2. The UK is subject to international agreements that force it to follow Human Rights law
Britain is an active member of the global community. As part of this, Britain is a member of the institutions and organisations that seek to proactively protect rights. The best example of this is that Britain was a founding member of the Council of Europe and a signatory to the European Convention of Human Rights (ECHR). As such, Britain agrees to be politically bound by the decisions of the European Court of Human Rights (ECtHR) in Strasbourg. Whilst there have been famous occasions where Britain has ignored the rulings of the ECtHR, such as Hirst v. United Kingdom, it is also important to note that the vast majority of cases in which Britain have been found to have breached the ECHR have led to positive action from the British Government to remedy the situation. A prominent example is that of the Abu Qatada case. In 2012 the ECHR blocked the deportation of extremist cleric Abu Qatada to Jordan due to fears he would be tortured. Whilst the judgement was criticised by politicians, it was respected. Britain consequently worked to secure a bilateral treaty with Jordan that would satisfy the ECHR that the deportation was appropriate.
In addition, there are other international agreements through which Britain agrees to uphold certain rights. These include international treaties such as the UN Convention on the Rights of the Child, UN Convention against Torture, UN Convention on the rights of the disabled.
3. The British judiciary is independent and neutral
The British judiciary is renowned for its neutrality and independence. This is encouraged through a number of factors:
- Security of Tenure – A member of the Senior Judiciary can only be removed by a vote in both Houses of Parliament. This means that judges don’t have to worry about their next job, and pleasing anyone to get it!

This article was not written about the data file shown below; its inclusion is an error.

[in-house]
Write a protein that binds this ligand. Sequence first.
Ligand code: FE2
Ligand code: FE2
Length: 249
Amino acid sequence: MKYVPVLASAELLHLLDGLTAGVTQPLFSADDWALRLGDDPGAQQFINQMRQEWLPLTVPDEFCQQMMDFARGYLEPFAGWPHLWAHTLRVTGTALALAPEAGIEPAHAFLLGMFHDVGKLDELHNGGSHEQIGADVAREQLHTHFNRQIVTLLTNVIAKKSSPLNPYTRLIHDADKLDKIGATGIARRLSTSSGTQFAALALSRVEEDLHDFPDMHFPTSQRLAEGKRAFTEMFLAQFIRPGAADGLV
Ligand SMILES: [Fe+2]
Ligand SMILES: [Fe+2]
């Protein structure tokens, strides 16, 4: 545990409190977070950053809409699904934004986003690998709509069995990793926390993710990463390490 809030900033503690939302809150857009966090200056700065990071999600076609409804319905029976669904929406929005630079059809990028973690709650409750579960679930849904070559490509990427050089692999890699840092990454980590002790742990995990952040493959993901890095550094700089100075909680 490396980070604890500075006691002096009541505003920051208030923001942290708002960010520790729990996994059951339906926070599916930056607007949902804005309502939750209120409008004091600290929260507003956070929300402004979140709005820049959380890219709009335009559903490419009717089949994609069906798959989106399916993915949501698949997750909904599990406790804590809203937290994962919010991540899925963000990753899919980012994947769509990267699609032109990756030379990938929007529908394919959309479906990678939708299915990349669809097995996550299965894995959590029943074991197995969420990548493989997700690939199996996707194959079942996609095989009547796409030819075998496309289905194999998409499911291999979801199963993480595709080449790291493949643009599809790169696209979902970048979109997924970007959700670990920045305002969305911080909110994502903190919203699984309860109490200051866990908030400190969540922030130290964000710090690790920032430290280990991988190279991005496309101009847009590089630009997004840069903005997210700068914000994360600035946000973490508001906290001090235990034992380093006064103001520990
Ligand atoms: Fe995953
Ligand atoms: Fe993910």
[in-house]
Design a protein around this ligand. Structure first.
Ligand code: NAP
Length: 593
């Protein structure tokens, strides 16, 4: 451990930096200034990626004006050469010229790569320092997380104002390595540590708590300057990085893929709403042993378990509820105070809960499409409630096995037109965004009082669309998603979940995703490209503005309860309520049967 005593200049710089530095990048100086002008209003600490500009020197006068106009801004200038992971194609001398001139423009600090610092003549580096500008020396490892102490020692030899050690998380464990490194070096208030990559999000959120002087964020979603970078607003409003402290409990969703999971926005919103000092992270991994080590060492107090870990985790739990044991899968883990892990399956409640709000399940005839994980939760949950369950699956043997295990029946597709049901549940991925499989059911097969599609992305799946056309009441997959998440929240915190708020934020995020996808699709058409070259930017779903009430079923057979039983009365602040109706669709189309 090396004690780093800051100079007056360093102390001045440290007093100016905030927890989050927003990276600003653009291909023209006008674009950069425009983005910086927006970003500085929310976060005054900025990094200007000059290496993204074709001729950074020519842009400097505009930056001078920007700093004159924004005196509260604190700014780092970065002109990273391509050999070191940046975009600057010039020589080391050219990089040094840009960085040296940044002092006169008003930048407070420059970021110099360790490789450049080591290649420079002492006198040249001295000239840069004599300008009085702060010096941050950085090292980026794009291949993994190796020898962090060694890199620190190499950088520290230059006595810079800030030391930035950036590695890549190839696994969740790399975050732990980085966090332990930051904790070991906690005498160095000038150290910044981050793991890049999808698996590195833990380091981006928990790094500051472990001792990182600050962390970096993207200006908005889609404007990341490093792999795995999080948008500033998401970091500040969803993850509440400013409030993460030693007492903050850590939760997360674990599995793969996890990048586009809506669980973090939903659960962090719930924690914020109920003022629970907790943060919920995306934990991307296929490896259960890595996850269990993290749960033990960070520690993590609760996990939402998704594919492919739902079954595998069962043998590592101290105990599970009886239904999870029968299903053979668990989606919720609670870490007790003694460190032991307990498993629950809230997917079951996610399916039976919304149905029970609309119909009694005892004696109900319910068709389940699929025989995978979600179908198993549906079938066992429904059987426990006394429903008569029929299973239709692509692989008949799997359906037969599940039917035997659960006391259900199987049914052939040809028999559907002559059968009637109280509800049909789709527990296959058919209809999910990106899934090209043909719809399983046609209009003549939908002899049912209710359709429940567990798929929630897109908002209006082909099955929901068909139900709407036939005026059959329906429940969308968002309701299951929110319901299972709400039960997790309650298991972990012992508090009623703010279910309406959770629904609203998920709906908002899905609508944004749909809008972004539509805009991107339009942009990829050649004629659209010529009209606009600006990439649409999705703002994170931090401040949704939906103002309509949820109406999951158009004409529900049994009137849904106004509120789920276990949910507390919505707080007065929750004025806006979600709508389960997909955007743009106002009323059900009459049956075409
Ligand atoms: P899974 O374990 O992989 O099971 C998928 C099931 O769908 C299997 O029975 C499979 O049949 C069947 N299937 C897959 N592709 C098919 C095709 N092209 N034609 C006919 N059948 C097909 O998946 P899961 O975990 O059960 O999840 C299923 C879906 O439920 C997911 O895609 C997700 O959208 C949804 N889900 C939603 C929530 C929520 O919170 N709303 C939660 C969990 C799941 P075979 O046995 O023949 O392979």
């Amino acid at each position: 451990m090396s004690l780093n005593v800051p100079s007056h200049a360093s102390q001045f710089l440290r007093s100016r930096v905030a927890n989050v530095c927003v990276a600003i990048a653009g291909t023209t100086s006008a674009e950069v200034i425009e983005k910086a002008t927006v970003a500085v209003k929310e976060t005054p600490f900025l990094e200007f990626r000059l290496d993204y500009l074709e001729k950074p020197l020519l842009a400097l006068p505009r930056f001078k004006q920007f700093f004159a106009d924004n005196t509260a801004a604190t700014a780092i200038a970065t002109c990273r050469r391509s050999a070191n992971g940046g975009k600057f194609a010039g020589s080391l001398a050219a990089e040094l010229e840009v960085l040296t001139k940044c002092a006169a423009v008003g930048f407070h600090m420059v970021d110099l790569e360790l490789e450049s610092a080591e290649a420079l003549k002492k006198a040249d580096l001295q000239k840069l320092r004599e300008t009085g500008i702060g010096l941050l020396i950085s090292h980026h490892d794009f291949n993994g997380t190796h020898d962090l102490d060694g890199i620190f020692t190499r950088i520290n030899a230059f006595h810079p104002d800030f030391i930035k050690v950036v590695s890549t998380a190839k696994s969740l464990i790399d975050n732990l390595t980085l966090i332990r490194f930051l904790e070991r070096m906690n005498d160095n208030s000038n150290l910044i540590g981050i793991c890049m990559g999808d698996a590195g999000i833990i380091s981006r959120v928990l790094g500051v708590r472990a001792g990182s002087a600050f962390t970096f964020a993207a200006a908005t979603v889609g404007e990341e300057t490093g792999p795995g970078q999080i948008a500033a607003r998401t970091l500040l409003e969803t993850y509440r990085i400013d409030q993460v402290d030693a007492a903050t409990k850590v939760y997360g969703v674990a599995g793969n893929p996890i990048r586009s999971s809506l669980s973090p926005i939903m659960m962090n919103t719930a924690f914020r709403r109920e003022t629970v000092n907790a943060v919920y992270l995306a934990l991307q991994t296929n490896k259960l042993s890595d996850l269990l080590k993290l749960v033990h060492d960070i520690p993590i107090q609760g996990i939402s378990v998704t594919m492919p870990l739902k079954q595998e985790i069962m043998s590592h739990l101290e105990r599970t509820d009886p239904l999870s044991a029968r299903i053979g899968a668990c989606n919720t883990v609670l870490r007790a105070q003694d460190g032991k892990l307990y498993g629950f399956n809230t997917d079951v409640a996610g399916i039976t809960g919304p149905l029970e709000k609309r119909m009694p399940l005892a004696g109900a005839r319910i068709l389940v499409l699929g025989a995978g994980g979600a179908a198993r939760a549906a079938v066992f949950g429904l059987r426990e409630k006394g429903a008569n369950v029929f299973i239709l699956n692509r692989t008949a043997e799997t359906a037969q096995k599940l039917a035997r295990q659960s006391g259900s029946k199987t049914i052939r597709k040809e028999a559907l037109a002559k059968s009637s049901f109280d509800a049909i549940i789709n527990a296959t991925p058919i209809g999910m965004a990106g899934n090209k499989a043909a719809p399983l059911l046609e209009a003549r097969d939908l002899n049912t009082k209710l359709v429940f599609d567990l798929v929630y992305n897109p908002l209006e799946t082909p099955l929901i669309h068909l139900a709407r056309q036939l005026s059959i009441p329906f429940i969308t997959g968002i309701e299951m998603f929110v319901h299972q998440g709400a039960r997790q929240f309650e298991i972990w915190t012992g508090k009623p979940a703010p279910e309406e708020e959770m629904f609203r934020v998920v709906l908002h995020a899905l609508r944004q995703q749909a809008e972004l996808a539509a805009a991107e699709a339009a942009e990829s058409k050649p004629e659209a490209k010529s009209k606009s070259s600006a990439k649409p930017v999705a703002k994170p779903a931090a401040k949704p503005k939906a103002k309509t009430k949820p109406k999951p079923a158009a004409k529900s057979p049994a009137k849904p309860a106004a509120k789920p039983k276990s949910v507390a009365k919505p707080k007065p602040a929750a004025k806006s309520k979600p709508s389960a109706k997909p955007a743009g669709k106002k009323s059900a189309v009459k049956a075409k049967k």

- Guaranteed Salaries – The salaries of judges are not set by politicians. This means that judges don’t have to impress MPs to receive a pay rise!
- Contempt of Court – It is a criminal offence for politicians to speak out about a criminal case during its proceedings. This helps to stop cases from becoming politicized.
- The Judicial Appointments Commission – The new appointments system helps to promote the best person for the job and avoid cronyism.
- Reputation – Judges rely on their reputation for impartiality for their future advancement and success. Most judges are unwilling to compromise this by becoming politicized.
In addition, there are other factors that enhance the independence of then judiciary:
– Since the Constitutional Reform Act (2005) the fusion of powers that entangled the judiciary, executive and legislature has been removed. The Supreme Court is now housed in a separate building given it a greater sense of political independence.
– Judges often practice judicial restraint, being careful not only overturn case law if there is a clear necessity. This can be seen in R (Nicklinson) v Ministry of Justice when an appeal to challenge the law on euthanasia was rejected by the judiciary.
– There is an expectation that Government Ministers respect the decisions of judges and do not publicly question them. There is also an expectation that Ministers do not comment on the likely outcome of a potential legal case. This convention is usually followed.
– The creation of the Judicial Appointments Commission means that political influence over judicial appointments is now very limited.
All these factors help to establish the independence of the judiciary and this independence is essential in their role of protecting rights and liberties because the judiciary is not going to kowtow to the Executive of Parliament.
4. There are statute laws that protect rights
Parliament has regularly enacted statute laws that protect rights and has done so for nearly a thousand years:
Magna Carta (1215) – The signing of Magna Carta in 1215 is often considered to be the foundation stone of civil liberties in the UK. The agreement limited the power of the monarch and ensured a number of rights to British citizens. The most significant of these is Habeas Corpus – the right for an individual not to be detained unless lawful grounds are given for that detention. This right exists in Common Law and also in statute. For example, a Police Constable can only arrest some under the Police, Crime and Evidence Act 1984 (commonly known as PACE) if the arrest is because there is a reasonable belief that a person has been, is, or is about to be, involved in a criminal offence. In addition, any arrest must be necessary and proportionate.